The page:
Beijing’s top official in Hong Kong says he is becoming more confident in the city amid sweeping changes following the political turmoil of 2019, and has given a public assurance that it will continue to be governed under the “one country, two systems” policy and remain a free market.
Hosting the liaison office’s annual spring reception online for the first time because of the Covid-19 pandemic, director Luo Huining on Friday highlighted the unchanging nature of the city’s constitutional order, civil liberties and way of life among his list of expectations for Hong Kong’s future.
He cautioned that Hong Kong was still facing major challenges in containing the pandemic, setting the economy back on track and relieving people’s hardships, but expressed confidence that the city would overcome them with Beijing’s full backing.
“When my relatives and friends ask for my impression of Hong Kong, I can summarise it in one sentence, ‘I am becoming more confident in our home Hong Kong’,” he said in a pre-recorded video message, looking back at more than a year since he took up the job after the anti-government protests and political turmoil of 2019.
“The central authorities made a series of important decisions on national security legislation in [Hong Kong]. Thenceforth, the once-rampant street violence has ceased, Hong Kong residents have regained their safety and freedom, and Hong Kong has marked a turnaround from chaos to law and order,” he said.
“I know many people may wonder: what is next for Hong Kong? What other changes will there be for Hong Kong?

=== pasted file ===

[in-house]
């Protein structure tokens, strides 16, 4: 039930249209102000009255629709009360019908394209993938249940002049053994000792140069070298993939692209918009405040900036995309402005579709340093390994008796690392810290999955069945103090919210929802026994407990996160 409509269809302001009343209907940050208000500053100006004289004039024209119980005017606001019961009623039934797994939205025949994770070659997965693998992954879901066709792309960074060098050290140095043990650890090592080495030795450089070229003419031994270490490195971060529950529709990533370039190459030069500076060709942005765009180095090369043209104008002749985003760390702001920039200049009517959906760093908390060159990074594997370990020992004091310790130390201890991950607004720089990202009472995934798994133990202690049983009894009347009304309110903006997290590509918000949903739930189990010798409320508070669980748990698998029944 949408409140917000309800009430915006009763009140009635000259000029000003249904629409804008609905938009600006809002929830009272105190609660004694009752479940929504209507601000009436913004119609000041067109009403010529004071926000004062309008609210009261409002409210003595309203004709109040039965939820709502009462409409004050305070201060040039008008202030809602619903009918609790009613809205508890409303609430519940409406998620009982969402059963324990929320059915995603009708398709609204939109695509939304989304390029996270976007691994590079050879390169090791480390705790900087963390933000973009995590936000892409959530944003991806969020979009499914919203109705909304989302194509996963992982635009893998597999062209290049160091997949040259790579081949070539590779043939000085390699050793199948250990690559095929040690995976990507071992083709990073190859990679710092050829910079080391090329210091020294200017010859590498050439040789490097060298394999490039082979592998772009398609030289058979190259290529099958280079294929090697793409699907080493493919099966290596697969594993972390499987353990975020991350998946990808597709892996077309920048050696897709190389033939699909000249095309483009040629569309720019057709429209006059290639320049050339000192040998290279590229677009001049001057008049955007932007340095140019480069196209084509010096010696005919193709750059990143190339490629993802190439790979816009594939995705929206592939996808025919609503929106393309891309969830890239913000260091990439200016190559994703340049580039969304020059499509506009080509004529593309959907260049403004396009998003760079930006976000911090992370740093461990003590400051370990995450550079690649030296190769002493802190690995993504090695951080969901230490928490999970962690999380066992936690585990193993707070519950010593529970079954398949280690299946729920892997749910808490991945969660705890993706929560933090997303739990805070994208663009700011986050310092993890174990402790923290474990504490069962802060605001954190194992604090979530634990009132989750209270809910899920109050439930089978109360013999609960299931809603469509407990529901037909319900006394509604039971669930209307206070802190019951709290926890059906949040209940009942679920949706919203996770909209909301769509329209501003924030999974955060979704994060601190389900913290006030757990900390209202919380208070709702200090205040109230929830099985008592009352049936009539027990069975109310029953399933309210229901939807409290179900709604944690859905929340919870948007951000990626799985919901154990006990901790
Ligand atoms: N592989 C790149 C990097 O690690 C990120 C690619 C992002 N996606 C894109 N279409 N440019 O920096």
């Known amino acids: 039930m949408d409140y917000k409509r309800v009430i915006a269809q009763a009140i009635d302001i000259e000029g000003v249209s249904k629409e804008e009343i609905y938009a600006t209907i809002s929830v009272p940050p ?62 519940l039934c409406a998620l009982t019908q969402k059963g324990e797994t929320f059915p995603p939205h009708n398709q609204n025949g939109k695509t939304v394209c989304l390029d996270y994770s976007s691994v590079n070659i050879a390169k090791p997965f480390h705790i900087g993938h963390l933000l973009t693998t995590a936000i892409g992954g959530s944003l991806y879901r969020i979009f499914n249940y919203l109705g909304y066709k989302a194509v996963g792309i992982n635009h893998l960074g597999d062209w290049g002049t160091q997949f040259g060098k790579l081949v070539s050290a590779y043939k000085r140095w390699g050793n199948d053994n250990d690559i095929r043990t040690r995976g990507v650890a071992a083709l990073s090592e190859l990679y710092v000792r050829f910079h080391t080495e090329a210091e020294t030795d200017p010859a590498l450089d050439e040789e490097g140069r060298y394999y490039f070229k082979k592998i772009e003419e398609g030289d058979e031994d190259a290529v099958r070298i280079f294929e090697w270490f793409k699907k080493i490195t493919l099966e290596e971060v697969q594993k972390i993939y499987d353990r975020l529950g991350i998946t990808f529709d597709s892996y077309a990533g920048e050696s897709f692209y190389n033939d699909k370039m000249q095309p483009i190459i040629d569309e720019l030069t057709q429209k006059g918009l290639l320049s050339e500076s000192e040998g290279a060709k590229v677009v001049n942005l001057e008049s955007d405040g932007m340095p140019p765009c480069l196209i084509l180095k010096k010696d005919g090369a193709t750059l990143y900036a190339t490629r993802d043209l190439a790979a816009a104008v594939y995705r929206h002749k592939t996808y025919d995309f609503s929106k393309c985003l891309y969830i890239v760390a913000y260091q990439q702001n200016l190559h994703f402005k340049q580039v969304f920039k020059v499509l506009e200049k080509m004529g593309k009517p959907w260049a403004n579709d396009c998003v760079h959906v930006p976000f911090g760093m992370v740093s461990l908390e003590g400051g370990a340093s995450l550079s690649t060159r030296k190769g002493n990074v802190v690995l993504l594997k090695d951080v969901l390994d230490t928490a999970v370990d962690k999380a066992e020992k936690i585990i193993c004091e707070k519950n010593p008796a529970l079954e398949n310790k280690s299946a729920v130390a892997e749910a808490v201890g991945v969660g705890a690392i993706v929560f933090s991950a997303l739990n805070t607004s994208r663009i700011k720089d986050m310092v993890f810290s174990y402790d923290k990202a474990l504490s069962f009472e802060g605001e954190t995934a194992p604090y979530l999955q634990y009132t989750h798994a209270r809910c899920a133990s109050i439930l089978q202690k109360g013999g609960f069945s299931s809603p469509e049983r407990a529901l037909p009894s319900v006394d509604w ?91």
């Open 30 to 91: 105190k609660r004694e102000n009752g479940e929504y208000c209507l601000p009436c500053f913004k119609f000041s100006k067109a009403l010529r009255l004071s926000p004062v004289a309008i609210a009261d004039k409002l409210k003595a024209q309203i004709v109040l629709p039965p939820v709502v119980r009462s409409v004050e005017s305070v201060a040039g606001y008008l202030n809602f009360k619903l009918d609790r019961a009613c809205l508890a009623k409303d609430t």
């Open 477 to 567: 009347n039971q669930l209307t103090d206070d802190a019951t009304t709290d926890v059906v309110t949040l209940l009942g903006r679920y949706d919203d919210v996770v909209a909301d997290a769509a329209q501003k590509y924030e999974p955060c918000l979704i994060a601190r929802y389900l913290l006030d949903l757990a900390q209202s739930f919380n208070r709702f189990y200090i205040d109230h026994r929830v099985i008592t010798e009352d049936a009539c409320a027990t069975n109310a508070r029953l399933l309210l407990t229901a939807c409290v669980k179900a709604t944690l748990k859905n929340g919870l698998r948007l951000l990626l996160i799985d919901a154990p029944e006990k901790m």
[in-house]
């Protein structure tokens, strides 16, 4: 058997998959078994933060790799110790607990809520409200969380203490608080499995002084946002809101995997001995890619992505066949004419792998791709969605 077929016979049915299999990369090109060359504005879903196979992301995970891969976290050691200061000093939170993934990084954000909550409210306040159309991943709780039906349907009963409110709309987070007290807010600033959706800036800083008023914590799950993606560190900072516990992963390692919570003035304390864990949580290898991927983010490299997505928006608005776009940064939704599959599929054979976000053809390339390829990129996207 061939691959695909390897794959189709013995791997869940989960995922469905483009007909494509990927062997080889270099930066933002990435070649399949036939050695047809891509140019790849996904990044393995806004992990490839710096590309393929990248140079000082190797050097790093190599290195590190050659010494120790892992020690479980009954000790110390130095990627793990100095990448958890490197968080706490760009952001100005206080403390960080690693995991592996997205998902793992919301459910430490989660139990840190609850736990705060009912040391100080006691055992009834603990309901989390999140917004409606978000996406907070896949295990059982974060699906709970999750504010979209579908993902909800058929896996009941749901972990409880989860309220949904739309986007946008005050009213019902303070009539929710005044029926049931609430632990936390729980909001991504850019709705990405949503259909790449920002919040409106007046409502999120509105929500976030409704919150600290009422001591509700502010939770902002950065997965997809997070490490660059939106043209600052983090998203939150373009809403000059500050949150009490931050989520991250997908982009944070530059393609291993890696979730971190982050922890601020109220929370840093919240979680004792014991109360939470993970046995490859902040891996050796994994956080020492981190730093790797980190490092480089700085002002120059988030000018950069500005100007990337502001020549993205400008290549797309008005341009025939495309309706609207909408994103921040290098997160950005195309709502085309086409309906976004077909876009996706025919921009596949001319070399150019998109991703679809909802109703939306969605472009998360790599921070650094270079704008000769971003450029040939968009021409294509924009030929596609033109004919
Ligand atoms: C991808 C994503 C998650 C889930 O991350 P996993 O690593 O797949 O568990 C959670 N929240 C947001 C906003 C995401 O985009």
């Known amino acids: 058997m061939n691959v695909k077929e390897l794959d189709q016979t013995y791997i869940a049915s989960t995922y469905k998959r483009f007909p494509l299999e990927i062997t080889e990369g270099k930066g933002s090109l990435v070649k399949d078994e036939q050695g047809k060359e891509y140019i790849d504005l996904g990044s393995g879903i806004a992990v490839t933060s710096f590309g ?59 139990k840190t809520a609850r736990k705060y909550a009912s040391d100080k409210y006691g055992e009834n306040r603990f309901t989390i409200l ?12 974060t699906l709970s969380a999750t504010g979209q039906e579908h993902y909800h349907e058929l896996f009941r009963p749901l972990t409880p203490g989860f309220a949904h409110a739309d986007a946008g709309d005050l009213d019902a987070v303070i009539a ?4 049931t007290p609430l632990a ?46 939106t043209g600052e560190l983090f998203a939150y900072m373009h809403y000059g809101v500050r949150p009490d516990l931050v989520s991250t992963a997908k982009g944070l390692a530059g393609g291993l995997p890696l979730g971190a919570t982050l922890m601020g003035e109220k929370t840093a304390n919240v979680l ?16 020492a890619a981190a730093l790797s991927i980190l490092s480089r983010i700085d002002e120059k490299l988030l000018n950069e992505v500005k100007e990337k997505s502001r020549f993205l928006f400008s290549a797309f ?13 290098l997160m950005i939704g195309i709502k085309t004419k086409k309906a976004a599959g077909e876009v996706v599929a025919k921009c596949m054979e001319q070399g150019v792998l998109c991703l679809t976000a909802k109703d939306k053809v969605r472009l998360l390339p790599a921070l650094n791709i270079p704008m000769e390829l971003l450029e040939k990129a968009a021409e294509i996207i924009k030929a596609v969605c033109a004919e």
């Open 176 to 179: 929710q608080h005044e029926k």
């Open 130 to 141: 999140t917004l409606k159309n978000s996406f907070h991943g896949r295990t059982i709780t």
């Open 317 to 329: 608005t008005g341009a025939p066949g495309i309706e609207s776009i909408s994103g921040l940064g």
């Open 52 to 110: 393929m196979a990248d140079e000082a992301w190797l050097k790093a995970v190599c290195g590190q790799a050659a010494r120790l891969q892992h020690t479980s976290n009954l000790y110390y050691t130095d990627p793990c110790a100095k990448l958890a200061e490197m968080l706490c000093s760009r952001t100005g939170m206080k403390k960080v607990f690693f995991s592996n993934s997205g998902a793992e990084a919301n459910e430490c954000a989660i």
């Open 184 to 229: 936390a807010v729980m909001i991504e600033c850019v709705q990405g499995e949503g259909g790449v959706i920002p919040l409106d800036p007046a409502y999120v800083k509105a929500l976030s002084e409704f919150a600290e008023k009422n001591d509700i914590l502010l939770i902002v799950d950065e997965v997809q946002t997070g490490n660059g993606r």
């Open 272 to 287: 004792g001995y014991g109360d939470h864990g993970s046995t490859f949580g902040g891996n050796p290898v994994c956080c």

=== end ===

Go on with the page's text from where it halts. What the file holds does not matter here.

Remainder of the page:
“I would say that ‘changes’ should be viewed from an objective, dialectical and developmental perspective. Hong Kong’s ‘changes’ over the past year were to set things right. As long as we bring the twisted and distorted back in form, ‘one country, two systems’ will definitely progress steadily down the right path.”
Luo spelled out his four expectations, or assessments, for the future of Hong Kong.
“First, the principle of ‘one country, two systems’ will not change. The bottom line of ‘one country’ will be further consolidated and ‘two systems’ will show more vitality,” he said.
But Luo also reminded everyone that the city would have to uphold the principle of “patriots governing Hong Kong” and stressed the central government’s “overall jurisdiction”.
“Second, people’s rights and interests guaranteed by [China’s] constitution and the Basic Law of [Hong Kong] will not change. Hong Kong will have stronger capability to ensure social stability and safeguard national security more effectively,” he said.
“Third, Hong Kong residents’ way of life will not change. Bigger steps will be taken to develop Hong Kong’s economy and improve the livelihood of Hong Kong residents.”
Luo promised “more precise and effective measures” would be rolled out to address crucial livelihood problems in areas such as employment, income, land, housing and health care.
His fourth expectation was that Hong Kong’s advantages as a free market and its openness to the world would remain unchanged, and it should make the most of enhanced prospects to join in the nation’s ambitious development programmes such as the Belt and Road Initiative.